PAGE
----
Podcasting is an essential element of any eLearning design process. It provides learners with a unique way to digest material but is often left as a final thought in the design process, has little evidence of audio quality and can - quite frankly - sound awkward as a result. In previous posts I have voiced praise towards Soundcloud as a cheap and easy way to Podcast. This view has not changed but when creating materials for a Flipped Learning course, there needs to be a more strategic approach. This is even more prominent when we consider the ever growing list of MOOCs; Professional sounding Podcasts are back.
To shrug of the pedantic amongst us, we shall start be stating that our version of a Podcast is an interactive audio recording that covers a particular educational theme. Not a screencast, video blog or other similar technologies. Just so we all know where we are.
The key questions that you need to ask yourself before even commencing with the podcast are:
- Who are my target audience?
- What format would I like to use when creating the podcast?
- What technology will I need?
- How long is the podcast?
- How do I edit and produce the materials?
This article will focus solely on the target audience and differing formats of podcasting. The other points will be addressed in future posts.
You might think this is obvious and it seems pretty self - explanatory but nothing in life surprises me and I'm pretty sure that only the pensive amongst us actually go through this process. So, who are your audience? It would be silly for me to use NASA acronyms if I'm completing a podcast for a local bowling club. Know who you are speaking to. In an academic context, too many of us go into "education" mode. By this I mean that we go with our preconceived ideas of what education is about - with all its formalities - and lose sight about who is on the other end of your recording. For those engaging with education podcasts; just consider what you were like when you were studying and that is your target audience defined!
The concept of a podcast focusses on learning and engagement. Anyone can read information with personality. This is not to say that the recording should be overly erratic but you need to feel comfortable and know who you are speaking to. Be yourself.
This will provide the biggest challenge to the planning process. Do I go with a solo chat? What are the benefits of an informal group conversation? Why should I only nod whilst completing a recorded interview? These are only some of the isolated questions that might pop into your head.
Whatever approach you decide to take; you will benefit from thinking creatively. Listen to as many podcasts as you can. Even by just listening to snippets you will be able to gauge quickly what you think works well and which approaches needs to be avoided. The introductions to some podcasts really set the stage. Personally, I prefer going with a standard start tune (about 10 - 15 seconds long) and then selecting the music that fits the content of the lesson. Jamendo is a great resource for background music and will ensure you do not break any copyright rules. These are updated quite regularly and are a much better option than some of the other options around - such as the polluting pieces of trash that are pushed by YouTube.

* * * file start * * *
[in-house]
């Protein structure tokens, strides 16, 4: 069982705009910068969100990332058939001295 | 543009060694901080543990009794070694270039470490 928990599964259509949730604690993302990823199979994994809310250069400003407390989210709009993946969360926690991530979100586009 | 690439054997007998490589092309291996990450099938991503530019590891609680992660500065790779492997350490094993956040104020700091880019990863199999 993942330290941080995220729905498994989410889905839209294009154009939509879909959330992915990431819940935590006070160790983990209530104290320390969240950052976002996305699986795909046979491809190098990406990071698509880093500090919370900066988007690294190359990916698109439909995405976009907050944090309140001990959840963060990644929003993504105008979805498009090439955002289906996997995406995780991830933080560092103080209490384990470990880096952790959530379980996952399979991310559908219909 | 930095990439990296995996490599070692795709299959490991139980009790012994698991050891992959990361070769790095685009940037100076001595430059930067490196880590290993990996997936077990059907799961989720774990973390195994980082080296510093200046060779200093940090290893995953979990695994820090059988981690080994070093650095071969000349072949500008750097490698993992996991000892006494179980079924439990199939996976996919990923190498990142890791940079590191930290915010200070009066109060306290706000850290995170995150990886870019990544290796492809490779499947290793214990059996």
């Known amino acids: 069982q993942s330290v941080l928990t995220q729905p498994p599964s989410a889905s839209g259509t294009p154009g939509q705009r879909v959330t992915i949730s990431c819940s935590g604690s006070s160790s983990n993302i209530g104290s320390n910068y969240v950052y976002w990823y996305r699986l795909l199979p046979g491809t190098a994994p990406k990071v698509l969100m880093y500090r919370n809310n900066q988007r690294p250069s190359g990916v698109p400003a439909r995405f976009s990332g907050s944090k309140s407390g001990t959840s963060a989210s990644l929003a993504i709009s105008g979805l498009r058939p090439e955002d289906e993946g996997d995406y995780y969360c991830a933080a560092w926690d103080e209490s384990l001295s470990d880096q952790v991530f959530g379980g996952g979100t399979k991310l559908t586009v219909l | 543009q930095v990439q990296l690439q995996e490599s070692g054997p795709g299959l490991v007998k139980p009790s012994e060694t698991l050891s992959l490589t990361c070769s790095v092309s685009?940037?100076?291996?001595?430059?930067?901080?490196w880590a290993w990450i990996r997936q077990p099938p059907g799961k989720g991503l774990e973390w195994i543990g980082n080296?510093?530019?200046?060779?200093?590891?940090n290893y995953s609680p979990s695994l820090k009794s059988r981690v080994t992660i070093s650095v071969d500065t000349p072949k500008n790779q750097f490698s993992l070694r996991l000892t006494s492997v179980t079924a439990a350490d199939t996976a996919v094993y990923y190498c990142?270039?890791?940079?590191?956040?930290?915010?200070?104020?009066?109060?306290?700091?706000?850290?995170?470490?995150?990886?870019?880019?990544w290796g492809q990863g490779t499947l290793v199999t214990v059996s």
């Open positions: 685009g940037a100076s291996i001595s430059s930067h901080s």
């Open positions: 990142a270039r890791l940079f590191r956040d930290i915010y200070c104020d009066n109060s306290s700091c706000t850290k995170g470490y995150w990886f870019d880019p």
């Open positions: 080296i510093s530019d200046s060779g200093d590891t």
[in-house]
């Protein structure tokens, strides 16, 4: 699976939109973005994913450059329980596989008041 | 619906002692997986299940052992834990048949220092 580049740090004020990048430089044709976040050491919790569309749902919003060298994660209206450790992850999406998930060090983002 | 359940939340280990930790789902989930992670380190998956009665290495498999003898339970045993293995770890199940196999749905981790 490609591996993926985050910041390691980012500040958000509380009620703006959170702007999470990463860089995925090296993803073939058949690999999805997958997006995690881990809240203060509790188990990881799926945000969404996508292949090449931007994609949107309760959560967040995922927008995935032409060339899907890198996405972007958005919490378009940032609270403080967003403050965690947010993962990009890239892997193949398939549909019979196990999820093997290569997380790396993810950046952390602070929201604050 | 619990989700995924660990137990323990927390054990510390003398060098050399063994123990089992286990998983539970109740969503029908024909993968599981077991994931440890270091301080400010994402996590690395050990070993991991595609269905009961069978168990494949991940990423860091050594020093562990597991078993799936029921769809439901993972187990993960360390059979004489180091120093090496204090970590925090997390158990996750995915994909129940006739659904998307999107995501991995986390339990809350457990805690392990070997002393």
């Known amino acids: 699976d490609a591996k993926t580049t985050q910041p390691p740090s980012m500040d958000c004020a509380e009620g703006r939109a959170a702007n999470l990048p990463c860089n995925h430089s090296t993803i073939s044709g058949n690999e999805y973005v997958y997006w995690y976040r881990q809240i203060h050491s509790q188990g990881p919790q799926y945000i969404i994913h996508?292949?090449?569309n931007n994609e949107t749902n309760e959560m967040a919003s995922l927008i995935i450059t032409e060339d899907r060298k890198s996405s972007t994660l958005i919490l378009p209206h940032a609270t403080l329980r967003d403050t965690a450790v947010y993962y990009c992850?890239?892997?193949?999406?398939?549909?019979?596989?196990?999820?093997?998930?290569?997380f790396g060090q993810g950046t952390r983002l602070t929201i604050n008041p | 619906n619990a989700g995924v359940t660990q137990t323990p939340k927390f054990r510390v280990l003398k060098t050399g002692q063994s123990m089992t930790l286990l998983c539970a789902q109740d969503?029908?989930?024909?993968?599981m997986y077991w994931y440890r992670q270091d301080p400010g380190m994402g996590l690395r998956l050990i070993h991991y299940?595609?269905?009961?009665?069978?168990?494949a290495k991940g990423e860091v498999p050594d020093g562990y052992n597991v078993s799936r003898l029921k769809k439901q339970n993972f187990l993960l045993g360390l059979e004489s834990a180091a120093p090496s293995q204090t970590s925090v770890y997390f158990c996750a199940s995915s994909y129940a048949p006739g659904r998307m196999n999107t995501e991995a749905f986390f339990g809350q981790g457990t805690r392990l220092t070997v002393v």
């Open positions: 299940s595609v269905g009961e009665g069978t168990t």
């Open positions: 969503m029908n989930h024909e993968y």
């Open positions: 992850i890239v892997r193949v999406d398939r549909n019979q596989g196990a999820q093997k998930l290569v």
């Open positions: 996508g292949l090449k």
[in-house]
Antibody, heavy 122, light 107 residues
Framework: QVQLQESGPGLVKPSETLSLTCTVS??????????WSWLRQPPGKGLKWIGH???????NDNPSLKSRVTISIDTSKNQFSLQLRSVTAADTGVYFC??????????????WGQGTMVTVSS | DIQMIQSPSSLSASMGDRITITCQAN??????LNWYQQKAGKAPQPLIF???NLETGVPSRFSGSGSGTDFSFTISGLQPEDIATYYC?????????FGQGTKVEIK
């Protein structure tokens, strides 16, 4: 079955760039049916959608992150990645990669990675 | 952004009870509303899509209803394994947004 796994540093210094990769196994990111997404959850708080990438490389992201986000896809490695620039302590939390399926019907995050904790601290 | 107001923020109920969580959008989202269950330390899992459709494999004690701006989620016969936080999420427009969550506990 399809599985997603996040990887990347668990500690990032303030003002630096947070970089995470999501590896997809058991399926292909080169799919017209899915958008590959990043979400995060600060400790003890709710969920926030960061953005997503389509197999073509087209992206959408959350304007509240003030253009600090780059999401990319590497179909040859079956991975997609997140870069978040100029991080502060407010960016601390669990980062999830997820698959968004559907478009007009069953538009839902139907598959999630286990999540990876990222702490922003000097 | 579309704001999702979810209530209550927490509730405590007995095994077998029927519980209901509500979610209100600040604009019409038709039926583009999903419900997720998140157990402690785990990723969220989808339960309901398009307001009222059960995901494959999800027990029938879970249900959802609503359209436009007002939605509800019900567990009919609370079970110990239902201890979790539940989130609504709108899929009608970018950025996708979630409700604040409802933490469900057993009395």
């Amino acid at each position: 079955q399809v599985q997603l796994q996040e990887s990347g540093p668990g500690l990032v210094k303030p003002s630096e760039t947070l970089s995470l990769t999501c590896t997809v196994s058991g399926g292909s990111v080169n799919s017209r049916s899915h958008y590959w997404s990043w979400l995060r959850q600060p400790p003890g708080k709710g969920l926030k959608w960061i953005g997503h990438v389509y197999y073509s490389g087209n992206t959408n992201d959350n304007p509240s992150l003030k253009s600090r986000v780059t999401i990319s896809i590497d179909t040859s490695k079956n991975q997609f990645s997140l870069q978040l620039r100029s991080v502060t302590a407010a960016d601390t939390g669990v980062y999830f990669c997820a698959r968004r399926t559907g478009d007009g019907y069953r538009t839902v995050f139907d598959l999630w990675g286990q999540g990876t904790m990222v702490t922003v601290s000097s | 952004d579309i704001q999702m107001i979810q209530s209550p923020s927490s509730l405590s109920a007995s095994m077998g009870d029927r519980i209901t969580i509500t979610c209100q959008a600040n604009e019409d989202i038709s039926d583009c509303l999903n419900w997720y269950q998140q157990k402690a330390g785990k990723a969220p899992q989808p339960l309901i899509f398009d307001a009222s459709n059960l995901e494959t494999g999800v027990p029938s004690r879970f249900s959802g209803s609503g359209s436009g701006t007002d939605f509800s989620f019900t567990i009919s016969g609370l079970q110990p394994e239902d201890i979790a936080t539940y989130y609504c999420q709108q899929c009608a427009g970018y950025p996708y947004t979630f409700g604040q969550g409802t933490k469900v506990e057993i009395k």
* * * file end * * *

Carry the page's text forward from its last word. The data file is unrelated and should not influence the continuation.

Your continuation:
Now that we are starting to think about the actual recording of the podcast, let's listen to an array of examples before making our choice. There is no definitive method that should always be used and remember that you need to match the content of the podcast to the materials/scripts that you have created:
(Excuse the horrible links. Just click through and hit play)
This is slightly longer than a traditional podcast. Doing recordings this way can produce a great deal of stress if one person is tasked with this on their lonesome. One person should not really do the whole recording. Talking for 40 - 45 minutes can be both daunting and exhaustive for the person responsible for producing the material. Saying this, what I like about certain aspects of this approach are the smooth music fades and relaxed conversations that take place. Obviously preparation has taken place but you can sense that prompted questions are natural. There is no awkwardness here.
For some educational topics, podcasting can seem a chore. For certain themes there might be no need for a prolonged discussion. Alternatively, there are situations where time management is an issue - lots of topics but you can't spend 40 - 45 minutes discussing them all. The examples above show great ways to overcome certain barriers such as the ones I've mentioned. The 60 second recording (which is annoyingly 1 minute and 16 seconds) is a great way to address low level objectives where as the "Question of the week" series could easily be question of the day/month etc. Both demonstrate that creativity - with appropriate sound effects and rationale - helps when deciding your podcast approach.
This link is also a prime example for those designing educational podcasts. What we have here are specific topics - bound by core aims and objectives - that have a feeling of restriction, regarding creativity. You can hear how each conversation is directed with key questions and facilitated responses. Another useful example to add to our repertoire.
Hopefully you now have a better appreciation / confidence when preparing to record podcast materials. Please share your thoughts and/or podcast links. Whatever you decide to do - I'm sure someone else has done far better whilst some poor soul has probably broadcast 22 hours on the history of DFS arm chairs.
Until we meet again.............